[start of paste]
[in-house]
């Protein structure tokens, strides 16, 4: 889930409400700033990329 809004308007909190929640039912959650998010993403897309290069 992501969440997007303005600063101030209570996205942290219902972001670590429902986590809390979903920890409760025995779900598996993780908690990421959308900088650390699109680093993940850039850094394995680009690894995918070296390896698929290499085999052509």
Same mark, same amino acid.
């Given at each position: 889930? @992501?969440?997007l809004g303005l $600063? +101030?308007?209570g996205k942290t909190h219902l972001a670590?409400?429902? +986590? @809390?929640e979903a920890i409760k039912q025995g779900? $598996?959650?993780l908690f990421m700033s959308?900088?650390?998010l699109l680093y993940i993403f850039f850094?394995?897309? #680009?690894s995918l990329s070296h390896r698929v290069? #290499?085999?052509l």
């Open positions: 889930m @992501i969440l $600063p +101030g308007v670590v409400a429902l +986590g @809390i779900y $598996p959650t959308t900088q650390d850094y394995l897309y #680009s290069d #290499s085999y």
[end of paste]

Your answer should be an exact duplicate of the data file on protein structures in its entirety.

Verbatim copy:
[in-house]
């Protein structure tokens, strides 16, 4: 889930409400700033990329 809004308007909190929640039912959650998010993403897309290069 992501969440997007303005600063101030209570996205942290219902972001670590429902986590809390979903920890409760025995779900598996993780908690990421959308900088650390699109680093993940850039850094394995680009690894995918070296390896698929290499085999052509």
Same mark, same amino acid.
């Given at each position: 889930? @992501?969440?997007l809004g303005l $600063? +101030?308007?209570g996205k942290t909190h219902l972001a670590?409400?429902? +986590? @809390?929640e979903a920890i409760k039912q025995g779900? $598996?959650?993780l908690f990421m700033s959308?900088?650390?998010l699109l680093y993940i993403f850039f850094?394995?897309? #680009?690894s995918l990329s070296h390896r698929v290069? #290499?085999?052509l």
């Open positions: 889930m @992501i969440l $600063p +101030g308007v670590v409400a429902l +986590g @809390i779900y $598996p959650t959308t900088q650390d850094y394995l897309y #680009s290069d #290499s085999y």